restart. You're all done!
- If you're stuck, call for an
appointment and bring it on in.....
If your startup volume is not specified in your System
Prefs, your Mac may take quite awhile to startup as it searches all
connected volumes for an OS; check your Startup Disk setting and make
sure the proper volume is selected (as illustrated below).
Some machines will not boot at all without
a specified volume. If this applies to you, boot from
(version-appropriate) System disc (hold "C" key during startup with
bootable disk in drive), and set startup disk from the menu command.
special attention to the Operating System:
Having more than one Operating System per volume is not a
good idea. In fact, it can be a disaster. (The lone exception, of
course, was OSX + OS9 Classic Mode.)
Even if Disk Utilities passes all tests, various hardware
tests pass, everything comes up OK, doesn't mean your Operating System
is undamaged; a battered OS can certainly prevent normal startup but
might not produce errors in Disk Utility. Before doing anything drastic
(like replacing your OS) and running the risk of making matters worse,
call for an appointment and bring it in!
dreaded Kernel Panic (KP).
With instructions to restart in four languages, a Kernel
Panic doesn't give you any other choice. Sometimes, a restart is, in
fact, all that is needed and things will return to normal. If it
appears again after a restart, something more serious has gone wrong.
Before putting yourself (and your Mac) thru the trials
listed below, you might save yourself the trouble of trying to deal
with a KP yourself and bring the machine to our shop for service.
Having said that, presented below - for information purposes only - are
a few basic steps toward diagnosing possible causes of a Kernel Panic,
steps which you can do at home. What follows is a brief software test
using disks that came with your computer, and the only type of hardware
test available without use of proper tools and test equipment.
First (as always) startup from OS Install disk and run Disk
It's worth saying again: At the first hint of any trouble, startup from
your OS CD (disk 1) or the OS Install DVD that came with your Mac
(using Option key during startup), and run Disk Utility to repair
permissions, if possible. If you can also verify and/or repair your
hard drive using Disk Utility, the following steps may not be necessary.
Next, disconnect all attached devices and restart.
Normal troubleshooting routines start by checking simple things first
in search of a quick fix, but troubleshooting Kernel Panics is a little
different. We are eliminating possible causes by removing as many
hardware components as possible, then reconnecting one at a time, with
startup and test for KP. Disconnect all external devices and turn off
everything you can, starting with Airport (if so equipped), network
equipment and peripherals.
These can be indicative of both hardware and software
problems, making them rather difficult to troubleshoot. The most common
cause is defective or failed memory (RAM). Other causes include damaged
ports, connectors, and peripheral devices; failed or corrupt hard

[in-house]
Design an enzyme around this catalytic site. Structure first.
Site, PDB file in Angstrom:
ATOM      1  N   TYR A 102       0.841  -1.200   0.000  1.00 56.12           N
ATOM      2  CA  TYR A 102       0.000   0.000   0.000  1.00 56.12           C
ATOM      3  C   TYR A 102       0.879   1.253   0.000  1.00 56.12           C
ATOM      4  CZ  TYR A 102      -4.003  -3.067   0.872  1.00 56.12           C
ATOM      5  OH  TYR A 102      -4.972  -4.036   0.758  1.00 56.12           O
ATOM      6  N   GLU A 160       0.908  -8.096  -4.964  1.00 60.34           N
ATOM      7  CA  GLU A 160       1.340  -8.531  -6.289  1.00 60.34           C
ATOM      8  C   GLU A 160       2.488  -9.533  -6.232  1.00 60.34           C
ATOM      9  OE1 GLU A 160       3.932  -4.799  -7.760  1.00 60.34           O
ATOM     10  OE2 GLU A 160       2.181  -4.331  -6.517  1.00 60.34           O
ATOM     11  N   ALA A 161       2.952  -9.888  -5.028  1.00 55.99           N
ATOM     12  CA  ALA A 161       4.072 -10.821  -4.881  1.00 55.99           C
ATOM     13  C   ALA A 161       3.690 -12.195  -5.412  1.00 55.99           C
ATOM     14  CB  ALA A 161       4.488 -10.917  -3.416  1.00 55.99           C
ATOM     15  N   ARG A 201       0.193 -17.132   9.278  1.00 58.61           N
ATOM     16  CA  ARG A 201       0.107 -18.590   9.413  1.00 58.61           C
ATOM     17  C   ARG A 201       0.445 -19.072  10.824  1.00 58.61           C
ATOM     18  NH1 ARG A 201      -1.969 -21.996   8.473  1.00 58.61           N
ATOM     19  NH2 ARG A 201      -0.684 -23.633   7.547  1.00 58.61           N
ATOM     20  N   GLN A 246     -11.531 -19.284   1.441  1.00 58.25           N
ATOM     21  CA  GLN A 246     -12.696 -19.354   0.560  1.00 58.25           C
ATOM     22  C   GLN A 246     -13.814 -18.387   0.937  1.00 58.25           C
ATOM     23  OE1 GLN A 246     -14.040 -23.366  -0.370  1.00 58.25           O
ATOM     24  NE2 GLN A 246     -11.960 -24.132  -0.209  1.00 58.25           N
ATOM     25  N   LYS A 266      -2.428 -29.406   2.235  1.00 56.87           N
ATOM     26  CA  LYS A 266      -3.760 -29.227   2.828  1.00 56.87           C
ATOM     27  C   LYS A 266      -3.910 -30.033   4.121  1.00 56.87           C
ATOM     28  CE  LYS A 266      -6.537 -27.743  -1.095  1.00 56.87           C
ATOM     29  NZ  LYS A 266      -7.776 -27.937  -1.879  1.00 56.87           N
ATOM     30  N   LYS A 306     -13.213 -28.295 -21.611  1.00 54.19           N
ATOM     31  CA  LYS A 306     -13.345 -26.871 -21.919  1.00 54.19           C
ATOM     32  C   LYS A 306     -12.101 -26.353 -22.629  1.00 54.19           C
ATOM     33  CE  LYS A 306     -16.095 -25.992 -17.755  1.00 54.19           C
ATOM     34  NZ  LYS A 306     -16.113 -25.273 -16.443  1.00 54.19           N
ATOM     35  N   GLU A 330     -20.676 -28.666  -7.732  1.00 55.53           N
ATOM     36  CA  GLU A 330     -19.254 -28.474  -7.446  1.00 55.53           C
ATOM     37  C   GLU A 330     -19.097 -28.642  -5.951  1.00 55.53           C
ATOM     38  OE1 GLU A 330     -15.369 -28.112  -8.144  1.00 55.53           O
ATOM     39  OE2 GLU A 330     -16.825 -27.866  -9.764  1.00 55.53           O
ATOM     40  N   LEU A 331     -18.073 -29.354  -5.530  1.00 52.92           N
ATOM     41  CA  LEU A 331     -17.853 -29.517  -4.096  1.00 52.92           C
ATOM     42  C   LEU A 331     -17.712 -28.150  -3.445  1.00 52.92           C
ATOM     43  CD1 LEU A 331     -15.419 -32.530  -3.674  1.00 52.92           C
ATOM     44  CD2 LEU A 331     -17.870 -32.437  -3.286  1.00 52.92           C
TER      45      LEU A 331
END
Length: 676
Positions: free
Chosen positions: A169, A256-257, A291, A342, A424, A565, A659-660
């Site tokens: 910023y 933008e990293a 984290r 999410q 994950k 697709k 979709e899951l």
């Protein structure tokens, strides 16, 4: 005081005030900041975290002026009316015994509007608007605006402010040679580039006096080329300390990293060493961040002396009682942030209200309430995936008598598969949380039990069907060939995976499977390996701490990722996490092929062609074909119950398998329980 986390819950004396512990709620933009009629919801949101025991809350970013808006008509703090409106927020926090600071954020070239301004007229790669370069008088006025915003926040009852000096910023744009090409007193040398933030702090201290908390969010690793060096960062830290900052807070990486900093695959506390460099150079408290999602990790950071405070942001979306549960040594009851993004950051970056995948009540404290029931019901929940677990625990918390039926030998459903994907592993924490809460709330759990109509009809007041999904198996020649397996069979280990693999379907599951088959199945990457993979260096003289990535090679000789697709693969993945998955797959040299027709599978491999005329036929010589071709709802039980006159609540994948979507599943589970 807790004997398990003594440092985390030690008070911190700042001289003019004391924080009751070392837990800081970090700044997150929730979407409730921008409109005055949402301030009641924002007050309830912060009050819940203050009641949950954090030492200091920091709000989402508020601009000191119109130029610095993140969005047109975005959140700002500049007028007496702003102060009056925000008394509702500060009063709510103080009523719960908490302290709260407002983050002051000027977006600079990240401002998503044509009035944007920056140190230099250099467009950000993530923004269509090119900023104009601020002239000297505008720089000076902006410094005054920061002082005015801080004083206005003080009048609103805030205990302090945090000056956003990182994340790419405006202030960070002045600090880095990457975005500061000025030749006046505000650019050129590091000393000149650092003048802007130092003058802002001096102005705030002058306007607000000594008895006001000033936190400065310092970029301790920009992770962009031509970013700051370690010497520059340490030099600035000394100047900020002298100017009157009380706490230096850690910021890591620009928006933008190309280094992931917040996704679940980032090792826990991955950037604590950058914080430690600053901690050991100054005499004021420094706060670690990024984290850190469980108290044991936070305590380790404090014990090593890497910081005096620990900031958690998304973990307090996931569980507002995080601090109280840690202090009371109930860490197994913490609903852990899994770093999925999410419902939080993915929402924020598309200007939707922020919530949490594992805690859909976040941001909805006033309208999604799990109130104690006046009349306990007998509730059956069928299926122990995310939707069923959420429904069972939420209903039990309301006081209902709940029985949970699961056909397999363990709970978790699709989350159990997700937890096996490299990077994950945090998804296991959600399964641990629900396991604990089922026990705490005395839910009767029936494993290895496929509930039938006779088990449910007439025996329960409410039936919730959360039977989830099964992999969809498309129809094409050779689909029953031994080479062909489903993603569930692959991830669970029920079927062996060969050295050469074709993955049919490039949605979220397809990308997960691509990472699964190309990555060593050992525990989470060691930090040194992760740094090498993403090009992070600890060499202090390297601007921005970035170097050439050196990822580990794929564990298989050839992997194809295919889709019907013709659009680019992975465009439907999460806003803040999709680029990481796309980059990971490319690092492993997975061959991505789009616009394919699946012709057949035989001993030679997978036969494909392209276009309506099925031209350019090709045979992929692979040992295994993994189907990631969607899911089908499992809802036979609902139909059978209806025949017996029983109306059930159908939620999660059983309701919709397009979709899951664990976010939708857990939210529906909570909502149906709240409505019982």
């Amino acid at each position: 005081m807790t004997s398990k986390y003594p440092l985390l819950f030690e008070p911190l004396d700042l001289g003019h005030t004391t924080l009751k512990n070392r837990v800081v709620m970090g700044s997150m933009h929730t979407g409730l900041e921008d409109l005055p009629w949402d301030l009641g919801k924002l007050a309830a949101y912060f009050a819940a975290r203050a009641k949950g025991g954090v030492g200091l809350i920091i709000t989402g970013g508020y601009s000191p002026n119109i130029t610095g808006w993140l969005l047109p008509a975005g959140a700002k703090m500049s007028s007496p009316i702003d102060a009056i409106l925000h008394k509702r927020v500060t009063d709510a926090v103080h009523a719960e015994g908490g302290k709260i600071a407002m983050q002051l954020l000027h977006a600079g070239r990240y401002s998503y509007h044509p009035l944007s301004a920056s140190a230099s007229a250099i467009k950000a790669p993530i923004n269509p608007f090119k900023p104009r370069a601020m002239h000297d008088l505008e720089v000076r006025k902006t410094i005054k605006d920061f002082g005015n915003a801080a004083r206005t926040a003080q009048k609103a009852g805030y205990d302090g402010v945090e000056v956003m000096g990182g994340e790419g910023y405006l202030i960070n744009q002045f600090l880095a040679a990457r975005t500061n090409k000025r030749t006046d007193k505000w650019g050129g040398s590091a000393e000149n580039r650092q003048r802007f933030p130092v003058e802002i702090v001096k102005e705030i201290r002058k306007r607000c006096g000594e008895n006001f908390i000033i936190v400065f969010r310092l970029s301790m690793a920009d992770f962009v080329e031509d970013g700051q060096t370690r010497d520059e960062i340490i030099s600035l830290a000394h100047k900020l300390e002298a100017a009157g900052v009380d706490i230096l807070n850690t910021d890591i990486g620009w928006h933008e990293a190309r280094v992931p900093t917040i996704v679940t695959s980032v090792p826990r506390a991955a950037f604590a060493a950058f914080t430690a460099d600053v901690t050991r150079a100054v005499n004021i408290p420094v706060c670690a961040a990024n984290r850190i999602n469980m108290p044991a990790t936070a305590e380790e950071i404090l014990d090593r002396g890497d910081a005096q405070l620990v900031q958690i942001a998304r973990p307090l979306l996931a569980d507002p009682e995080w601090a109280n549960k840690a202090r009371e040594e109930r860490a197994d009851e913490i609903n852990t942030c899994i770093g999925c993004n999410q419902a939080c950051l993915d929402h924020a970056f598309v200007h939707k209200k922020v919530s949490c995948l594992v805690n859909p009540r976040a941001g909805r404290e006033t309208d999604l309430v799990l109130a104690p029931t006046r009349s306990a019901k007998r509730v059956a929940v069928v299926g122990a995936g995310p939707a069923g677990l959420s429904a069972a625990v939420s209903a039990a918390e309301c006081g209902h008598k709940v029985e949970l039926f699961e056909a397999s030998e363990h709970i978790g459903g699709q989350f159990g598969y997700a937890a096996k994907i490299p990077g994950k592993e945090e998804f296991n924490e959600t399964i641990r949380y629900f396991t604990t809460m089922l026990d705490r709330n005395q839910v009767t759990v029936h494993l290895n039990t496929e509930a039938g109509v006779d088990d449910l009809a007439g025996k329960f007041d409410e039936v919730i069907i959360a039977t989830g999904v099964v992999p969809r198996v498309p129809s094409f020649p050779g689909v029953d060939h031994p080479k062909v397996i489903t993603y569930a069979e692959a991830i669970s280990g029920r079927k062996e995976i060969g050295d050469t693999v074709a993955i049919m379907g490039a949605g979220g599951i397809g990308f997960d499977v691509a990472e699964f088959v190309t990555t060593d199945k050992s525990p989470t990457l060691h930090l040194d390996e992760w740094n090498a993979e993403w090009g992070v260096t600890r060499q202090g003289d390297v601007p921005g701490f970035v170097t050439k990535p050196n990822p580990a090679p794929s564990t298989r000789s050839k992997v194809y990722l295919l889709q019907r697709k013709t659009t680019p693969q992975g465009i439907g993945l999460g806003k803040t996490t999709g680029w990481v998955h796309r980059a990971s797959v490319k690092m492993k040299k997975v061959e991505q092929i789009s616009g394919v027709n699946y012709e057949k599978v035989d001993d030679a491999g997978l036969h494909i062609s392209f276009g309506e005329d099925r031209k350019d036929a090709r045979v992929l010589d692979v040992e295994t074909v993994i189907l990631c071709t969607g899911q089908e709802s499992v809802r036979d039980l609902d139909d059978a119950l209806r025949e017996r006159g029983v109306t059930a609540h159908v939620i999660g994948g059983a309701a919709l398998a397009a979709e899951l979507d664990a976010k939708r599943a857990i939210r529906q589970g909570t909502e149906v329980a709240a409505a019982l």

drives; and failed or damaged logic boards.
If hardware is not the cause, other suspects include corrupt
or missing Operating System, firmware issues, damaged device drivers,
corrupt fonts, and incompatible application programs.
while running, versus KP on startup:
The timing of a KP's appearance can be a significant clue as
to its cause. If KPs appear during the course of operation, it might be
connected to use of a particular application or a specific OS
component. If so, uninstalling and/or reinstalling the suspect software
might return your machine to normal. (If you're not sure about deleting
things - don't. You can temporarily move a file to the trash and
deactivate it without emptying the trash and actually deleting it. Just
make a note of file's original location so that it can be returned to
its proper location later.)
If a KP appears on startup - on each and every startup - the
problem is probably more serious. It might still be a software issue of
some nature, but more often than not it will turn out to be hardware
changes might suggest cause.
With so many potential causes, it might be helpful to recall
events immediately preceding the appearance of a Kernel Panic. Any
recent changes, additions or hardware/software installations may have
been the cause; KPs might not appear until your next startup, so go
back to the last change that was made before shutdown.
Apple Hardware Test.
Try booting from Apple Hardware Test (AHT) located on disk 1
of the DVDs that came with your Mac: Insert disk 1, and startup while
holding down the Option key (using Startup Manager); if AHT appears as
a virtual volume, select it and continue startup. With older OS
versions, AHT is on a separate (usually silver) CD. Examine contents of
the System Profile tab to make sure all devices are properly
identified. Next, run the Quick Test. If the Quick Test turns up
nothing, try the Extended Test; if no error is produced, you might try
letting it loop a few times.
If all tests pass
without error, and all hardware is properly identified, that - sadly -
does not mean everything is A-OK. We've had machines refuse to boot
from anything _except_ AHT (including the OS Installer) but all AHT
tests passed with flying colors anyway. (Logic board was DOA.)